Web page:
A few things:
- Appositions, an e-conference in Renaissance / Early Modern lit and culture, is going on *right now*. The theme this year is "Digital Archives & the Field of Production"; included in the line-up is an early version of my paper on the fore-edge paintings. Actually, fore-edge painting [singular] might be more appropriate: it focuses on a image of King Charles II, found along the edge of a mid-seventeenth-century Bible and Book of Common Prayer at the Houghton Library. Hidden under gilt edging until the book is opened, it presents an interesting case study for histories of reading that extend beyond the two-dimensional space of the page, as well as digital scans of "books" that defy the flatness of the screen. In any case, lots of great work on things like "hypertext" Wyatt, "diplomatic transcriptions" in digital reproductions of documents, and more -- so check it out.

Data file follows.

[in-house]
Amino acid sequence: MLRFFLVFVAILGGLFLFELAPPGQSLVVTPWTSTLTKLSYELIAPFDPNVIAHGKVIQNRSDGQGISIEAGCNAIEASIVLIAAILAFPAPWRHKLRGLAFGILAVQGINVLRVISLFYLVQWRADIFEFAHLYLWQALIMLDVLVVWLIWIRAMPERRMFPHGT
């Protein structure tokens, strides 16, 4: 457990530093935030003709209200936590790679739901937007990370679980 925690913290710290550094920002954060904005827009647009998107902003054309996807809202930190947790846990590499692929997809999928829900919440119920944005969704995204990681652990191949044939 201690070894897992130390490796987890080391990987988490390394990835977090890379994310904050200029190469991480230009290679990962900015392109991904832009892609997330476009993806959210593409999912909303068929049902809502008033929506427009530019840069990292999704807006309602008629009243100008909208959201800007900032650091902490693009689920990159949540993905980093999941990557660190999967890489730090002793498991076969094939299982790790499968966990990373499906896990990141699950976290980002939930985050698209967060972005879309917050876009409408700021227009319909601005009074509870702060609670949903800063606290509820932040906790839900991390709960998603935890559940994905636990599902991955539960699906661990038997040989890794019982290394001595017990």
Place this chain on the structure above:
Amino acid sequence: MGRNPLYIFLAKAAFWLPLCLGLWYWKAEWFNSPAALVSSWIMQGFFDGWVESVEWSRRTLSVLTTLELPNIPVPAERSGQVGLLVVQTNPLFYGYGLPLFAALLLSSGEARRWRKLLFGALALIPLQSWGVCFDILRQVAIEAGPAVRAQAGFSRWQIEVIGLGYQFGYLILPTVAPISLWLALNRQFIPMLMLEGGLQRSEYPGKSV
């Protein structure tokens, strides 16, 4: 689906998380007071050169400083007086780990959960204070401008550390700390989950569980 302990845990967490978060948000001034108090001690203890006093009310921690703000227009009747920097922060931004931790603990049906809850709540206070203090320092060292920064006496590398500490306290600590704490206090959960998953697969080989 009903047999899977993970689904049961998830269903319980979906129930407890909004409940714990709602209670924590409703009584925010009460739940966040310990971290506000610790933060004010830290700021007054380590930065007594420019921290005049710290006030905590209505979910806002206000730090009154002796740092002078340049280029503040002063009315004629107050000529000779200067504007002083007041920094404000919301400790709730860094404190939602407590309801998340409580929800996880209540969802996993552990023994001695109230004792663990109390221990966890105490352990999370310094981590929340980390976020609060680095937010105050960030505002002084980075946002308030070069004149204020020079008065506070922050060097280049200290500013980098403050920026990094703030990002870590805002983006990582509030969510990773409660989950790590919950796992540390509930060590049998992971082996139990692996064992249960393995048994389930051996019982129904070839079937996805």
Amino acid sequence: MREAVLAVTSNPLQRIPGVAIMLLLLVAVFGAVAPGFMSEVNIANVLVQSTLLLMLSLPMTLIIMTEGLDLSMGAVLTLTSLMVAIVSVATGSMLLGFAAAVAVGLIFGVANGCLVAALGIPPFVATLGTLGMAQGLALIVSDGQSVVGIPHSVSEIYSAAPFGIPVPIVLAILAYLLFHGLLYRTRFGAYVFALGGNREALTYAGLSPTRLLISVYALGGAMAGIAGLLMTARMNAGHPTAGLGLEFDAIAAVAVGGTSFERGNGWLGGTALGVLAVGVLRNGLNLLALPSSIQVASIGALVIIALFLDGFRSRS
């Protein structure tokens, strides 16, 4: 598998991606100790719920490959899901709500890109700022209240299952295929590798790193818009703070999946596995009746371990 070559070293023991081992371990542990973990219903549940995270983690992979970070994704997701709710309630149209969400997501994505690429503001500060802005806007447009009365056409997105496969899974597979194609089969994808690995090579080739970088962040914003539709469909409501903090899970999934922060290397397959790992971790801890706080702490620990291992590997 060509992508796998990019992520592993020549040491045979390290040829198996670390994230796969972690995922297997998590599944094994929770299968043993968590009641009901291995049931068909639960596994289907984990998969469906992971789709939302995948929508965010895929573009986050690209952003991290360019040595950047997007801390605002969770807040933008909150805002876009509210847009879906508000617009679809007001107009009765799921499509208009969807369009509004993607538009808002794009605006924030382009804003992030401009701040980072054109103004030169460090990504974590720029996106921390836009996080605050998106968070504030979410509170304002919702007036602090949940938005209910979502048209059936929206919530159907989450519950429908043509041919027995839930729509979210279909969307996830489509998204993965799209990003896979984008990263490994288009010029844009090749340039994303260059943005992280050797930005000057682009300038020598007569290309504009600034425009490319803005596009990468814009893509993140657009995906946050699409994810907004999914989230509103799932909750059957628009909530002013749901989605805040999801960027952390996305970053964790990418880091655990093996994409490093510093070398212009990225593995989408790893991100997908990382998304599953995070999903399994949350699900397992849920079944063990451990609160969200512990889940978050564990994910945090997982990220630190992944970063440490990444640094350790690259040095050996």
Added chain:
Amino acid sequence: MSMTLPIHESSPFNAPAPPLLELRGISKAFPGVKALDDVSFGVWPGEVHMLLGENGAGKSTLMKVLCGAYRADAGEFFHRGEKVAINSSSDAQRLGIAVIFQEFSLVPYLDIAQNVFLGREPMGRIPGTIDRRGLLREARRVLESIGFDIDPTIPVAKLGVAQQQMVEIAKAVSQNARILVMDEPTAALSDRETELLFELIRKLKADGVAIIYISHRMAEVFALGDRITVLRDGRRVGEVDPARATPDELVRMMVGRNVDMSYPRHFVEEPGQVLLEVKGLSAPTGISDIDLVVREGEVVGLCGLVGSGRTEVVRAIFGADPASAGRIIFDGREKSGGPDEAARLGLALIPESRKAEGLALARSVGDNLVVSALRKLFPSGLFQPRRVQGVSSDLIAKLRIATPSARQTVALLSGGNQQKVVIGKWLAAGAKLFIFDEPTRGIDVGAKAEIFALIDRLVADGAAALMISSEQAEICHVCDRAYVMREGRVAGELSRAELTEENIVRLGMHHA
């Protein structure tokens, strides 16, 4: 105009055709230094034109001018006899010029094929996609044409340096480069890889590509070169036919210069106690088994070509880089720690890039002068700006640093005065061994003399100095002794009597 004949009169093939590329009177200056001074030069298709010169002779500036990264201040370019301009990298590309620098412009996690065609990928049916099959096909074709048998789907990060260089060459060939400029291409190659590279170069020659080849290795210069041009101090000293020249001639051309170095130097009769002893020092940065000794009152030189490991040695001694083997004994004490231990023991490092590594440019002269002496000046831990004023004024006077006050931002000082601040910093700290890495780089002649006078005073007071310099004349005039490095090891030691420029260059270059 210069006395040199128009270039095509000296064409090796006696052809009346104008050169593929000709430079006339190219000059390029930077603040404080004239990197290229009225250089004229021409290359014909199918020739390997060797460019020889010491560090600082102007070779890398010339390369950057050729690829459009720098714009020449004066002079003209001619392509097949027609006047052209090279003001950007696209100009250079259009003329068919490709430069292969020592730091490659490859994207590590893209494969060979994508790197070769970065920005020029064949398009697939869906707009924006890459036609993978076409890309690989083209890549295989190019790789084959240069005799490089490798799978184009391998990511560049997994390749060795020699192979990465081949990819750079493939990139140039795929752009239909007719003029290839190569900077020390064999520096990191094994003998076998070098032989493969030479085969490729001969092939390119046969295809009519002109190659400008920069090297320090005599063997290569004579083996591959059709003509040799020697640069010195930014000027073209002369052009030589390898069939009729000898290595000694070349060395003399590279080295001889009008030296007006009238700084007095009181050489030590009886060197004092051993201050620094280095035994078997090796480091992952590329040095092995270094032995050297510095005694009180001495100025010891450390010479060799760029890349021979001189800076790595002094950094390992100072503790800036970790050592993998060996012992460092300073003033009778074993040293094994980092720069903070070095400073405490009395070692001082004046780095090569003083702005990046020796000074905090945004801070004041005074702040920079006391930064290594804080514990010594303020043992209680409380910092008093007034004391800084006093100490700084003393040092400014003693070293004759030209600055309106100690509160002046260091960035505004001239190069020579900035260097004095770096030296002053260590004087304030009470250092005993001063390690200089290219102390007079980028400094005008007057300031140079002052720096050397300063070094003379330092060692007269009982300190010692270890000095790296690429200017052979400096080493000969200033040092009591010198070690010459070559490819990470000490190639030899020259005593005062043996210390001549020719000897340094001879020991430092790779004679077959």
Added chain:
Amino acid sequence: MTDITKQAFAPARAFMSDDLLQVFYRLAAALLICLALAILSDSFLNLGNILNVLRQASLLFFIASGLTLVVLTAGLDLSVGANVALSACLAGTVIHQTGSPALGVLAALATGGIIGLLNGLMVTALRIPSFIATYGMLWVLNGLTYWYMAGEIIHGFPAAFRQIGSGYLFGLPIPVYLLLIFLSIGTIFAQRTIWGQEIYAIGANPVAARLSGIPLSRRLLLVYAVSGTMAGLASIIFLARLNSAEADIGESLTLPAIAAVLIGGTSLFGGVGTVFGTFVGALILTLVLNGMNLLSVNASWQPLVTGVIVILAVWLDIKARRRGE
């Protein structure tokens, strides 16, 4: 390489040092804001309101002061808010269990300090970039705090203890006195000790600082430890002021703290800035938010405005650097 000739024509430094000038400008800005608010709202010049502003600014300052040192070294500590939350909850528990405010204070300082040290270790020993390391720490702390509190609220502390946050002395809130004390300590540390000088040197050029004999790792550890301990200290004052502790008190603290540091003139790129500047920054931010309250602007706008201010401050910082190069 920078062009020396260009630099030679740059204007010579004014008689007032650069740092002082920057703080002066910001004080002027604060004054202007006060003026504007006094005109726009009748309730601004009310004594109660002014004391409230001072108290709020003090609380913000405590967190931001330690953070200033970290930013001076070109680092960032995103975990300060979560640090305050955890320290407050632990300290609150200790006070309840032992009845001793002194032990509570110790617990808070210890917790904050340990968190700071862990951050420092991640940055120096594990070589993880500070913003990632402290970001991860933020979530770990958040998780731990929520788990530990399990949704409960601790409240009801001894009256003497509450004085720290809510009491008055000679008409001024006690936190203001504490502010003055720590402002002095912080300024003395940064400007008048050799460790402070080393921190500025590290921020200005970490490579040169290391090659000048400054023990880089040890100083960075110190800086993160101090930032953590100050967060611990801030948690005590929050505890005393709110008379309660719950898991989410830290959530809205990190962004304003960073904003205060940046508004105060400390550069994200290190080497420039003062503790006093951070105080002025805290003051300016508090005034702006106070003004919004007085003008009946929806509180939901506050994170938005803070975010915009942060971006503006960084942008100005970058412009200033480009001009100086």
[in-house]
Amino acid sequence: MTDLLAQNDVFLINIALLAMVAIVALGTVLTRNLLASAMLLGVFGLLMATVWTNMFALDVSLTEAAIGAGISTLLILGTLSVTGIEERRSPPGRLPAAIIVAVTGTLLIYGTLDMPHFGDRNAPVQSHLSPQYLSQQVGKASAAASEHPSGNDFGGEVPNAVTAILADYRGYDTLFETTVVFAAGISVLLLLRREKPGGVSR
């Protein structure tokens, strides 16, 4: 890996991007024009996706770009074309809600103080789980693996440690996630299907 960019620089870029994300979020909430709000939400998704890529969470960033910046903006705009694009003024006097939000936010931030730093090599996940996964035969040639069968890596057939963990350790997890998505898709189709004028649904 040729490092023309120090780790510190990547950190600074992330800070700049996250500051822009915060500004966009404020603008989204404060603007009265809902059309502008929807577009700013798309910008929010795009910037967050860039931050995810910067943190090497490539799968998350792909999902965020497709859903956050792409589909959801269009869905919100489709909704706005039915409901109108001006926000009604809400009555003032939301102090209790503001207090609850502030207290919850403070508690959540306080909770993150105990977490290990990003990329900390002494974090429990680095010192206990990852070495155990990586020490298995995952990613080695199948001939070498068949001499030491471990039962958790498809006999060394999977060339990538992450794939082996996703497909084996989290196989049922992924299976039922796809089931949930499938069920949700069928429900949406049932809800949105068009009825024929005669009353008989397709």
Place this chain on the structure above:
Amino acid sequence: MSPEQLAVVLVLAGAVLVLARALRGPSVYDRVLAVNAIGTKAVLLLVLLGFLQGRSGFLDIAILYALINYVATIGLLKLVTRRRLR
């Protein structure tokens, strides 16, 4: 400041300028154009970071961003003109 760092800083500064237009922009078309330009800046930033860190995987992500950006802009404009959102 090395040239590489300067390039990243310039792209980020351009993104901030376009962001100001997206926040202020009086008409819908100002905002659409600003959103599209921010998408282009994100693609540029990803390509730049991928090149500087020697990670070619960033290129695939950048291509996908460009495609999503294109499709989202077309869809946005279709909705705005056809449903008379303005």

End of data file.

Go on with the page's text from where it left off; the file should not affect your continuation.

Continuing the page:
- I've written a short review of some Shakespeare-related Digital Humanities sites for a special issue of Shakespeare Quarterly, "Shakespeare and New Media," edited by Katherine Rowe. But here's the cool part: essays are entered into an "open review" process, in which scholars, colleagues and the public at large can comment using CommentPress. I'm excited to be a part of this process and hope you early modern and/or Digital Humanities folks will participate.
- I've painted most of the front of my house bright, shiny purple. That is all.